The international community can help to meet this challenge by facilitating the development of effective models that couple inexpensive, efficient technical solutions with innovative education and exchange programs along with policy development that allows widespread adoption of the new methods.

Three steps alone—elimination of whole-ore amalgamation, use of mercury vapor capture systems and reactivation—could reduce dramatically reduce mercury use and release.
Will these simple steps really address the problem?

From a technical point of view, shifting to non-mercury and lower-mercury practices can effectively reduce mercury consumption quickly. In fact, the UNEP Global Mercury
Partnership has estimated that three steps alone—elimination of whole-ore amalgamation, use of mercury vapor capture systems, and reactivation—could dramatically reduce mercury use and release. If all miners were educated about these practices and adopted them, eliminating whole ore amalgamation could cut global mercury consumption by 36 percent, controlling emissions through mercury vapor capture systems could cut consumption by as much as 32 percent, and reactivating or cleaning mercury for re-use could cut mercury consumption by 25 percent. UNEP Global Mercury Programme’s ASGM Partnership has set a realistic goal of reducing mercury use in ASGM by 50 percent in 10 years, mainly by working toward these three approaches.

The challenge of realizing these potential reductions lies in the need to reach out to the dispersed and informal community of miners, to education them about these methods, and to overcome the financial and social barriers that undermine their adoption. While the restrictions on supply and trade of mercury will likely increase the price of mercury
and thus provide an incentive to miners tochange their practices, at the same time, it is imperative to provide miners with the knowledge and support to help them cope with these changes while still realizing the economic benefits of gold production and to avoid creating or promoting a “black market” for mercury.

The international community can help to meet this challenge by facilitating the development of effective models that couple inexpensive, efficient technical solutions with innovative education and exchange programs along with policy development that allows widespread adoption of the new methods.

Three steps alone—elimination of whole-ore amalgamation, use of mercury vapor capture systems and reactivation—could reduce dramatically reduce mercury use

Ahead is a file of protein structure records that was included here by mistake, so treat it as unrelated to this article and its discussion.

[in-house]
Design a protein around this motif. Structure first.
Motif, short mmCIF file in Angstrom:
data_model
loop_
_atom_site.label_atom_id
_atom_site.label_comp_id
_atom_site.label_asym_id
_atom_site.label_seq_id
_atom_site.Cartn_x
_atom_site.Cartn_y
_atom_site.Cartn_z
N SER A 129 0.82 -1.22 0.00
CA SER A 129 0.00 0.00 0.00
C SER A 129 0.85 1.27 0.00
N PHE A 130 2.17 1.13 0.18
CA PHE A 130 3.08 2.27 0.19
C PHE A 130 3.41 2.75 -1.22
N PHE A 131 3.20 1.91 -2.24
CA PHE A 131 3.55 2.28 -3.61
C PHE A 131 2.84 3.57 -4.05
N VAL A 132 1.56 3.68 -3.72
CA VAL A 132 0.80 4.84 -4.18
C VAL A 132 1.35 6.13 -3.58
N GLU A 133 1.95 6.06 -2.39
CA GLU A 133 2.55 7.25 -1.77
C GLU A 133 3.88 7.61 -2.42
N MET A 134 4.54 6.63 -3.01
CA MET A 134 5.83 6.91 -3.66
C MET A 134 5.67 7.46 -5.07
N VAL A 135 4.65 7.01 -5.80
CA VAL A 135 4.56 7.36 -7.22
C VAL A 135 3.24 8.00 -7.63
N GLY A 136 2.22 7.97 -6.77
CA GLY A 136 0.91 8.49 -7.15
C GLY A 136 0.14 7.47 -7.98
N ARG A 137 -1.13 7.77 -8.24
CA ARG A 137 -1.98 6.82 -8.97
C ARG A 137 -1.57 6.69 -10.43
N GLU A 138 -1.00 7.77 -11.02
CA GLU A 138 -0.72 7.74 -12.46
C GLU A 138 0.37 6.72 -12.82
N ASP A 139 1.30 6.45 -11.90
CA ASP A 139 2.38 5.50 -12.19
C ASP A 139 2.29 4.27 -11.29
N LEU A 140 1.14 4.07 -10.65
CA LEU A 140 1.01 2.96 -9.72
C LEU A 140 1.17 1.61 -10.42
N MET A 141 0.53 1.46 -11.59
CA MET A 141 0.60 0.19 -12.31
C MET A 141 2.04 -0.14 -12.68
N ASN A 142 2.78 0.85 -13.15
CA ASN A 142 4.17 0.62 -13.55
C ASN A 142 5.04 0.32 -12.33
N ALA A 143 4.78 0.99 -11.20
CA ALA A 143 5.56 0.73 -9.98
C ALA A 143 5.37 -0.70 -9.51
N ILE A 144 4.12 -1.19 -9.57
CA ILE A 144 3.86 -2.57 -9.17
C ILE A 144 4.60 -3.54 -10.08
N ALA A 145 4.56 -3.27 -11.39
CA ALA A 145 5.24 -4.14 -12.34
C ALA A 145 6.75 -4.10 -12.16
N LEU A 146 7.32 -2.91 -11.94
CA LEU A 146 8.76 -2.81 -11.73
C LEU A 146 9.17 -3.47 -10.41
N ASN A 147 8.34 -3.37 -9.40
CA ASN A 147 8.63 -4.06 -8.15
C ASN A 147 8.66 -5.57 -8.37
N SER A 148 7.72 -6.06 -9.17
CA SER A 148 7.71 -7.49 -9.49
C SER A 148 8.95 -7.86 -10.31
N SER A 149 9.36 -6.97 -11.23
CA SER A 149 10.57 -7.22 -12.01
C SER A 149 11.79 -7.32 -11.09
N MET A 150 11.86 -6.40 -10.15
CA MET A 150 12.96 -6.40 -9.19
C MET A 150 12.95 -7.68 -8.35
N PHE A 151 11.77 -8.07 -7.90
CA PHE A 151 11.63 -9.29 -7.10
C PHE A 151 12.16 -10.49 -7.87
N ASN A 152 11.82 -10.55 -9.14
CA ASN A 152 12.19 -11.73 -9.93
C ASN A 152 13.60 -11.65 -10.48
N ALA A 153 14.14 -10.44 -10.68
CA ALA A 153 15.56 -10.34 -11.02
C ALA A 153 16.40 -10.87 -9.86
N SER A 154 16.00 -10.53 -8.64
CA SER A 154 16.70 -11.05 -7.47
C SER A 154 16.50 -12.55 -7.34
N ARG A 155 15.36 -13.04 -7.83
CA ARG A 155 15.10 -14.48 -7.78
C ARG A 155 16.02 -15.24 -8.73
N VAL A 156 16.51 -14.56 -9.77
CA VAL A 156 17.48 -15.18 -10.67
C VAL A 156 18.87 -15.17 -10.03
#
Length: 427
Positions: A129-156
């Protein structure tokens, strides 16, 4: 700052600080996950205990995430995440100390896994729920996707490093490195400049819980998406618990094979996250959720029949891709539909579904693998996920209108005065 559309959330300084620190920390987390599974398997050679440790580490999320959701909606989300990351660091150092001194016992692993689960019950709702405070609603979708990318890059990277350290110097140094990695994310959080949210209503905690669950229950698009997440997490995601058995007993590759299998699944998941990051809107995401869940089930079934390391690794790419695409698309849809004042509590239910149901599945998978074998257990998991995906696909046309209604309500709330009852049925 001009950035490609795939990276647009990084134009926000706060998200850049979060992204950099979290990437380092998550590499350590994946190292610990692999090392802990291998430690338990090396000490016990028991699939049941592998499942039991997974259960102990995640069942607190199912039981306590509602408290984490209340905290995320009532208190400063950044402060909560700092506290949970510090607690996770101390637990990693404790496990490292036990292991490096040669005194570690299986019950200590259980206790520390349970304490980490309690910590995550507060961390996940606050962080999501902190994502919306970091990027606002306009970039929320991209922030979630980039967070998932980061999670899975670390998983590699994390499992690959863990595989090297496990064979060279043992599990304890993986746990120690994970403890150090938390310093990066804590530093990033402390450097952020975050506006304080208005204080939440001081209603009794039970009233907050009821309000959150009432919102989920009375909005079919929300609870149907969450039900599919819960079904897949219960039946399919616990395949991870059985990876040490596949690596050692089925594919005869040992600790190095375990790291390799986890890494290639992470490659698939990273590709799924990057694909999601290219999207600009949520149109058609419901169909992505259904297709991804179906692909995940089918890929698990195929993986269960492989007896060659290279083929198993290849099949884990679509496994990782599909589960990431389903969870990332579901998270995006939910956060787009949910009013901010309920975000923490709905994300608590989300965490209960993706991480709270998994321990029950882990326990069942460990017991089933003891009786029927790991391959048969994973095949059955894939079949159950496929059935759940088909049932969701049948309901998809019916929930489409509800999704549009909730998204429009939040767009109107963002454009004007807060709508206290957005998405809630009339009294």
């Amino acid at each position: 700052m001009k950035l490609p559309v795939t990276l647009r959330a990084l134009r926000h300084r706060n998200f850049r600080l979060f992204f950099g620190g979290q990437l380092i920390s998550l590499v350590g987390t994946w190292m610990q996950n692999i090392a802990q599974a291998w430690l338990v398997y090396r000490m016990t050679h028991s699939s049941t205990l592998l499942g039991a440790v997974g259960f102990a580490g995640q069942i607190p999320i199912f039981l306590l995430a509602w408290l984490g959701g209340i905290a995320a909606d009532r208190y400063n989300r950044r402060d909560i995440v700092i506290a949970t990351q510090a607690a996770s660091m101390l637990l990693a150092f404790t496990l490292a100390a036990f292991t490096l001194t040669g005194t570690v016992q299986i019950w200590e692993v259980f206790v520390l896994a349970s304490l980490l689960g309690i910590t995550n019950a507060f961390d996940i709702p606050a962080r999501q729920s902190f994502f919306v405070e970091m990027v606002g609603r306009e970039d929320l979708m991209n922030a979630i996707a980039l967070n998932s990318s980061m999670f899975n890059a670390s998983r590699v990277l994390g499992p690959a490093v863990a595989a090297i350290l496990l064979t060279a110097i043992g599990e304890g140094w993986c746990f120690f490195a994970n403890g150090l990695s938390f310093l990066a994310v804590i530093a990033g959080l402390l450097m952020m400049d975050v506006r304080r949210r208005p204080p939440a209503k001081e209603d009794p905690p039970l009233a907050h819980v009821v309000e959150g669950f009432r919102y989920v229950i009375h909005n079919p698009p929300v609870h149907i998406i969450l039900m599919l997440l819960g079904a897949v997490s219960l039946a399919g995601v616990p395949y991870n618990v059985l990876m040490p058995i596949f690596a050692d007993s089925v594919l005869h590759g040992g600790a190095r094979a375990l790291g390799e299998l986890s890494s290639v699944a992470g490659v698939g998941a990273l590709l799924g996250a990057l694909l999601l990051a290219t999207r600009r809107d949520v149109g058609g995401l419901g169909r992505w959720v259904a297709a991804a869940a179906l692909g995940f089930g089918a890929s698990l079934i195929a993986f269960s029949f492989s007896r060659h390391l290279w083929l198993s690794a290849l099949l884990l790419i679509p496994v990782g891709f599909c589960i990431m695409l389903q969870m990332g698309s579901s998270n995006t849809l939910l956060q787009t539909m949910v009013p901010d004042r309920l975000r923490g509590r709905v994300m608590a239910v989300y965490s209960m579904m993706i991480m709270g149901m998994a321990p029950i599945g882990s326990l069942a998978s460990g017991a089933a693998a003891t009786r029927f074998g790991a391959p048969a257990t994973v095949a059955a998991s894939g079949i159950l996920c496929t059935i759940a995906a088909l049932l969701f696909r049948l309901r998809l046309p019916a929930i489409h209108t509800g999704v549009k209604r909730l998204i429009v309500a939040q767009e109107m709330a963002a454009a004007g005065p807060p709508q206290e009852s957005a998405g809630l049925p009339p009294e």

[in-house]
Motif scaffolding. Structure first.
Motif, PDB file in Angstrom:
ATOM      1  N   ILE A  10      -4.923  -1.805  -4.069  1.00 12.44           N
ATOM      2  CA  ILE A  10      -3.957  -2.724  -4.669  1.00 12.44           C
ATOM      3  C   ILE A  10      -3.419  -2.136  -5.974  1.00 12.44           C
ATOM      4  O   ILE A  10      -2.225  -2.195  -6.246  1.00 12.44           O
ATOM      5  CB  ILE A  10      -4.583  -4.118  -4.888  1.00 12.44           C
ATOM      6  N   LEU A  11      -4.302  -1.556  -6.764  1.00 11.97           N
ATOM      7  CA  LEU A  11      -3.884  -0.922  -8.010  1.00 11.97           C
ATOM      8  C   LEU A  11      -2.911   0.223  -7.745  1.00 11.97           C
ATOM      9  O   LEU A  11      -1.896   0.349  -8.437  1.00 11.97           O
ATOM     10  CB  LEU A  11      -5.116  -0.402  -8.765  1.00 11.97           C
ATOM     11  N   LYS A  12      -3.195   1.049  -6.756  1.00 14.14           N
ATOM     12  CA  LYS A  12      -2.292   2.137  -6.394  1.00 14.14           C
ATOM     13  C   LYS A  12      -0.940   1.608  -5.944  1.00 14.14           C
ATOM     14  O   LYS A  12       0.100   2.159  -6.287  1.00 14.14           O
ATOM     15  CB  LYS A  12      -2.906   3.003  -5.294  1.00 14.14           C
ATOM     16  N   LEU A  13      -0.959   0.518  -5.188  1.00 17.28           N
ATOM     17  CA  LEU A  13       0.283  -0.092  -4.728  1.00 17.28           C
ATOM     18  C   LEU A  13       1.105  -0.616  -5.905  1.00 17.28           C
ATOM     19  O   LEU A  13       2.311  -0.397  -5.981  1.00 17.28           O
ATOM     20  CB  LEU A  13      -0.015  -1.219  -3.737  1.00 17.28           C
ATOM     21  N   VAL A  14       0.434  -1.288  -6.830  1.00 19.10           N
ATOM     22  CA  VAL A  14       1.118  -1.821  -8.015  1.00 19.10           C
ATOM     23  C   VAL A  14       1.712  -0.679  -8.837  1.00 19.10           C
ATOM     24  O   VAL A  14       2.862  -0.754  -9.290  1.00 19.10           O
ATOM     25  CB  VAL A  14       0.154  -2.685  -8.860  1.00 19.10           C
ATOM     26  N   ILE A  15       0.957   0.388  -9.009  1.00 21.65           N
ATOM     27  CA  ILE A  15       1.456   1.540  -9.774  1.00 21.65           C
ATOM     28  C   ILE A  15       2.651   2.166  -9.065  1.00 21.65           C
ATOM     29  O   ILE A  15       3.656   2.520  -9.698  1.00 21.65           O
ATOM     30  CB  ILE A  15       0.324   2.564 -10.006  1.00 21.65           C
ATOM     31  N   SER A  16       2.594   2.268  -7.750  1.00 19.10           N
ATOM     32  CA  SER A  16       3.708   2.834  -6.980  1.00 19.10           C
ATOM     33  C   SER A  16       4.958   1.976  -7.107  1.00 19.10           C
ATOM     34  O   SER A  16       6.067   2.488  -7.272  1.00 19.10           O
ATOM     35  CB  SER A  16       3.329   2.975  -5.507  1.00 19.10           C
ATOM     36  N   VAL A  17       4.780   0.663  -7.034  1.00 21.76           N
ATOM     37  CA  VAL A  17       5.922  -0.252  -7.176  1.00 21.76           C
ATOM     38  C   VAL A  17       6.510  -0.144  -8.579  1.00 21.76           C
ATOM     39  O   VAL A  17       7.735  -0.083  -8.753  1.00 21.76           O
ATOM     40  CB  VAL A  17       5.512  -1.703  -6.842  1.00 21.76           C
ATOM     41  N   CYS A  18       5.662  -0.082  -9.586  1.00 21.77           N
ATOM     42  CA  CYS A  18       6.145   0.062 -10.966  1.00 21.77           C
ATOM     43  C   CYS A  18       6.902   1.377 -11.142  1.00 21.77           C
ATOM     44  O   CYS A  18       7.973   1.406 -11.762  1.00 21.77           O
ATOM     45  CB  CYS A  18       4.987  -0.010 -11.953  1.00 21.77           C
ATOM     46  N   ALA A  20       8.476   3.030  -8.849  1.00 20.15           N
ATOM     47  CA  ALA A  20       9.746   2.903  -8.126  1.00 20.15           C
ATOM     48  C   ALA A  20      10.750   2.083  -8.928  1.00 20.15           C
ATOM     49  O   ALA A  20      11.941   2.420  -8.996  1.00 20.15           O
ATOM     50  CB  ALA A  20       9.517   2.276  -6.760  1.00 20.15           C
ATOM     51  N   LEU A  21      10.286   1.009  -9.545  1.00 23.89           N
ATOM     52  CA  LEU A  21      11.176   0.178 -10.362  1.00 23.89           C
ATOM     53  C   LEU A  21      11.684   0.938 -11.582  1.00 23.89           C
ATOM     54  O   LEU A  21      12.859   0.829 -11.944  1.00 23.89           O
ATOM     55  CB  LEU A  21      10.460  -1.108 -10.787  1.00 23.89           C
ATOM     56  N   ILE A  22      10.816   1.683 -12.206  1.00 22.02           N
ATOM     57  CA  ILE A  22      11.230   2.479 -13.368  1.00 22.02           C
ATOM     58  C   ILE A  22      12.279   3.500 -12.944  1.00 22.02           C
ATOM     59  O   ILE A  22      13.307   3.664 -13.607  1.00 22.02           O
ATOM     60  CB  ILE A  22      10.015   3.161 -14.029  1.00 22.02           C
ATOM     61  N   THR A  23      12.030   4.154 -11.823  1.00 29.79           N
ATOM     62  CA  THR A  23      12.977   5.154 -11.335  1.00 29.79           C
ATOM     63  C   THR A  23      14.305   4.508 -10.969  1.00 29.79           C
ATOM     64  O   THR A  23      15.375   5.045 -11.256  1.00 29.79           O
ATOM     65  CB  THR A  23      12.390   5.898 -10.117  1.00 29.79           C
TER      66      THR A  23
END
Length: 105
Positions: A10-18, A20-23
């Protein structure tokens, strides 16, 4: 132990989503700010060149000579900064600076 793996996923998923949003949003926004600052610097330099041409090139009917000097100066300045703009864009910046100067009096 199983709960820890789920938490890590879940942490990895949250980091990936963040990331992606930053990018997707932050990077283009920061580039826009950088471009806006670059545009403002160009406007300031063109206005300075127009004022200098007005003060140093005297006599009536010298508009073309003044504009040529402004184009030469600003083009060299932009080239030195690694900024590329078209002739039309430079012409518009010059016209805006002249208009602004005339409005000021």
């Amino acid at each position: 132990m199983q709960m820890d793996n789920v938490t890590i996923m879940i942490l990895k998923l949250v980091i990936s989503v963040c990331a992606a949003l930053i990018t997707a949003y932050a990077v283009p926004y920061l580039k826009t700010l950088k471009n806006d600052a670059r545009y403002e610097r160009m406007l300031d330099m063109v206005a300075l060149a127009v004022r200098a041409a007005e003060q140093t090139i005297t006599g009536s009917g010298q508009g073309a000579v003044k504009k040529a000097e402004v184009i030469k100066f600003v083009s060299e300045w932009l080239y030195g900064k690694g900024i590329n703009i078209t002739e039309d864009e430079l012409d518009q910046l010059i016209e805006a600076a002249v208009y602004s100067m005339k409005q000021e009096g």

and release.

Technologies

Reducing mercury use requires policies that enable miners to move to more sustainable methods.

As the international community focuses on mercury in ASGM as part of the broader commitments to reduce global mercury pollution, the negotiation of a legally binding instrument will create dialogue about a framework of goals that will allow businesses, NGOs and local governments to engage the ASGM sector to profitably transition away from mercury.

Trade policy to restrict global mercury supply is one potentially key aspect of the legally binding agreement. Restrictions on new mercury mining and export bans will reduce the supply of mercury, which will in turn increase its price and reduce accessibility. Rising mercury prices will give miners an incentive to conserve mercury. Further, relative scarcity of mercury will make miners more receptive to information on how mercury can be reduced and recycled.

On a local and national level, governments can create a policy environment that allows miners to operate legally, facilitates access to credit and permits formal links to government assistance and to outside organizations that can educate miners on improved technologies. For example, in some countries, organizing mining activities through creation of miners’ associations, has given miners a legal standing that allows them to operate inside the system, allows positive relationships to be created, and gives them
formal mineral rights.
« Last Edit: July 30, 2011, 11:16:27 AM by admin »
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Offline KIZUNA

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Re: Small Scale Mining - the Philippine Way
« Reply #55 on: July 30, 2011, 08:38:36 AM »
MORE...

Non-mercury processes for recovering gold